Vaimoana Tapaleao is the New Zealand Herald's Pacific Affairs and People reporter.

After 70 years of marriage war stories still loom large

Tom, 92, and Carol Sandford, 95, were married during the war, when "everything was in very, very short supply", he says.
Tom, 92, and Carol Sandford, 95, were married during the war, when "everything was in very, very short supply", he says.

After 70 years of marriage, Tom Sandford admits he has forgotten the details. Asked how he proposed to wife Carol all those years ago, he pauses, before laughing heartily: "Oh, I can't remember."

Mr and Mrs Sandford, of Howick, celebrate their platinum wedding anniversary today.

The pair got married after a whirlwind romance which started just a few weeks before a young Mr Sandford left for the World War II Solomon Islands campaign, in 1942.

A friend, Mervyn, had arranged a dinner and invited his cousin from Wellington - Carol - along too.

Mr Sandford was instantly impressed. "I thought she was very nice ... we had the same interests."

Mr Sandford, who grew up in Herne Bay and Papatoetoe, was a medic and before he went to the Solomons he asked Carol's mother for her daughter's hand in marriage.

"I was quite nervous, being a young fella," he laughed. "Carol's father had died before I was on the scene.

"It was my final leave before I went overseas and I called her, [because] she was in Wellington." She gave Mr Sandford her blessing and before going to war for two years, he bought an engagement ring and sold his motorbike for 35 to help pay for it.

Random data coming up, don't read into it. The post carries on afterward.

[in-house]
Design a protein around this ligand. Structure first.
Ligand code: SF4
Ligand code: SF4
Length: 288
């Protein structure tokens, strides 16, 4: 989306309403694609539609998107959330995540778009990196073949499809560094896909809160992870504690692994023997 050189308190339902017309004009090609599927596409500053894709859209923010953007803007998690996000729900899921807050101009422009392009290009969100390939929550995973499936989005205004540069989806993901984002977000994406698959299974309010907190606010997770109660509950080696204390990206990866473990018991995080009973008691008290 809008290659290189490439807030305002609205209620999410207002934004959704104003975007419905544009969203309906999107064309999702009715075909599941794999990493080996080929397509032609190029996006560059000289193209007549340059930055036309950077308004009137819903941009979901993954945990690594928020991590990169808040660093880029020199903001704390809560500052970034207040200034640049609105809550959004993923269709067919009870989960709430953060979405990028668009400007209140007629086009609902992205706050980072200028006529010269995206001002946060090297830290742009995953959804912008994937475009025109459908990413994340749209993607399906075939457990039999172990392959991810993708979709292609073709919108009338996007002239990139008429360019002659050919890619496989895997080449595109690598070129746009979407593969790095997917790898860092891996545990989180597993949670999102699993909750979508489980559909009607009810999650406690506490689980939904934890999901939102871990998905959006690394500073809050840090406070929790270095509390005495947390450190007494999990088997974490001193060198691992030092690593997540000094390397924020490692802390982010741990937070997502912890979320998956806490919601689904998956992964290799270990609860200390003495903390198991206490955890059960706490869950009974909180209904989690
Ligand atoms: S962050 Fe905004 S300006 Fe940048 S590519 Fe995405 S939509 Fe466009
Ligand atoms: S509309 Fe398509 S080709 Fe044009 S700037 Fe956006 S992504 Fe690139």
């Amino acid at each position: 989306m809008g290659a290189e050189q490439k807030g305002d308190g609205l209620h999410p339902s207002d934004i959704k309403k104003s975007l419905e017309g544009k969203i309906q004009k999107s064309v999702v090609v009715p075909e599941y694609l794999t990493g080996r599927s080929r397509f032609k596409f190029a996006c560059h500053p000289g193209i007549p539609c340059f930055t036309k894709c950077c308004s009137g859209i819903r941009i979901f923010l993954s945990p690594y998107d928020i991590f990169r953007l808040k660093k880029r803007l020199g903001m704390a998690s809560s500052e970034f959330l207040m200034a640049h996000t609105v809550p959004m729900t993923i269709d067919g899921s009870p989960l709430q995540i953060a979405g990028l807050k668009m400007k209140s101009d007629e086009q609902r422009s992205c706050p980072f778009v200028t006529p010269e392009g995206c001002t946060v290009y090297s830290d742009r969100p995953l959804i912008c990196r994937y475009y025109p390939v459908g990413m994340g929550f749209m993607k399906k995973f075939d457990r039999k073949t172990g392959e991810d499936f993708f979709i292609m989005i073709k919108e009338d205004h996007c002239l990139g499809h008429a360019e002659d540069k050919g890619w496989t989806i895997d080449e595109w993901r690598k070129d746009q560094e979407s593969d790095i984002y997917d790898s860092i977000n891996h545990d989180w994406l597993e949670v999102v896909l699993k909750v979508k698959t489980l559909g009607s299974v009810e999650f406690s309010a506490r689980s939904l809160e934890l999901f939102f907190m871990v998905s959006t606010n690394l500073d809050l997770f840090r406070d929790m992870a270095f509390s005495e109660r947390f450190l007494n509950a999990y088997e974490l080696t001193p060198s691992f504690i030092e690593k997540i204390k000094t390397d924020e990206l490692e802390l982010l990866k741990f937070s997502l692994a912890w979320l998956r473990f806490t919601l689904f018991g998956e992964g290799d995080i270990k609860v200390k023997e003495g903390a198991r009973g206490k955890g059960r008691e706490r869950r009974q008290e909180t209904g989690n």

The couple wrote to each other every week and the day the mail came was always "the big day" for them, Mr Sandford said.

In 1944, on his return to New Zealand, he had his own big day, but it was far from the glitz and glamour of weddings today.

Mrs Sandford wore a dress her mother made and a hat she designed herself; having worked as a milliner for several years.

"It was war years. People just don't understand war years - you couldn't get anything," he said.

"We were married in a registry office. Everything was in very, very short supply."

The couple lived in a small flat in Grey Lynn before moving to Mt Albert and later Howick, where they still stay today.

Mr Sandford went on to work in retailing, while Mrs Sandford continued to work as a milliner. She still owns a huge collection of hats and is known as "the lady with the hat".

Daughter Colleen said it was a blessing to see her parents reach such a milestone.

She and older brothers John and Mervyn had heard all the stories growing up, including the one in which their mother would check the daily newspaper for the names of those men at war who were missing or had been killed in action - praying her fiance's name was not there.

"There's also the story where American soldiers would come into the shop Mum was working in and ask [the shop assistants] out. She would put her hand up to show her ring and they'd walk right back out."

Mr and Mrs Sandford are active members of the Howick Community Church and it is their faith that has kept them together for so long, Mr Sandford said. "Well, I don't know about other marriages. All I can speak of is mine - ours. And I put that down to our Christian beliefs and our love for one another."

Asked what he planned to give his wife on their anniversary, he whispered: "I don't know - it's very expensive. I can't talk here," he laughed, hinting that his wife was listening.

- NZ Herald

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